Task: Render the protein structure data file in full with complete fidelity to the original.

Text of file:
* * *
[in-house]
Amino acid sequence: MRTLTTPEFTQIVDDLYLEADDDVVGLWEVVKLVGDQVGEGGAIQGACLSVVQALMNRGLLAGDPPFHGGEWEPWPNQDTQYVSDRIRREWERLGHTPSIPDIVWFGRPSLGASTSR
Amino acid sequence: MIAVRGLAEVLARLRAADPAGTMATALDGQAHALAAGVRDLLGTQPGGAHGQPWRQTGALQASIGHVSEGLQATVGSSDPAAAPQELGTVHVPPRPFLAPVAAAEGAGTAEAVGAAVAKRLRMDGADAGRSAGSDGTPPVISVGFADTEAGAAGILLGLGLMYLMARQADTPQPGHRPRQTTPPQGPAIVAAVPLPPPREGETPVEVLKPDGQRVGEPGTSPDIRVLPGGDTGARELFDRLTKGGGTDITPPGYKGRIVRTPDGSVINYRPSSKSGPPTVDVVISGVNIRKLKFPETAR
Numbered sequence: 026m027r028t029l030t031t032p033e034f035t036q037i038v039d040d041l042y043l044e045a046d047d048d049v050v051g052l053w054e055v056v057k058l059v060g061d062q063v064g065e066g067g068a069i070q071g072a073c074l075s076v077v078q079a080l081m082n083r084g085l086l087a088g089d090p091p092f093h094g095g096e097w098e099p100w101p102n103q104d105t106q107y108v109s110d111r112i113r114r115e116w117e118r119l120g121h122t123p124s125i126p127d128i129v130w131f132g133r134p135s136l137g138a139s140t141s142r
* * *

[in-house]
Amino acid sequence: MRTLTTPEFTQIVDDLYLEADDDVVGLWEVVKLVGDQVGEGGAIQGACLSVVQALMNRGLLAGDPPFHGGEWEPWPNQDTQYVSDRIRREWERLGHTPSIPDIVWFGRPSLGASTSR
Amino acid sequence: MIAVRGLAEVLARLRAADPAGTMATALDGQAHALAAGVRDLLGTQPGGAHGQPWRQTGALQASIGHVSEGLQATVGSSDPAAAPQELGTVHVPPRPFLAPVAAAEGAGTAEAVGAAVAKRLRMDGADAGRSAGSDGTPPVISVGFADTEAGAAGILLGLGLMYLMARQADTPQPGHRPRQTTPPQGPAIVAAVPLPPPREGETPVEVLKPDGQRVGEPGTSPDIRVLPGGDTGARELFDRLTKGGGTDITPPGYKGRIVRTPDGSVINYRPSSKSGPPTVDVVISGVNIRKLKFPETAR
Numbered sequence: 026m027r028t029l030t031t032p033e034f035t036q037i038v039d040d041l042y043l044e045a046d047d048d049v050v051g052l053w054e055v056v057k058l059v060g061d062q063v064g065e066g067g068a069i070q071g072a073c074l075s076v077v078q079a080l081m082n083r084g085l086l087a088g089d090p091p092f093h094g095g096e097w098e099p100w101p102n103q104d105t106q107y108v109s110d111r112i113r114r115e116w117e118r119l120g121h122t123p124s125i126p127d128i129v130w131f132g133r134p135s136l137g138a139s140t141s142r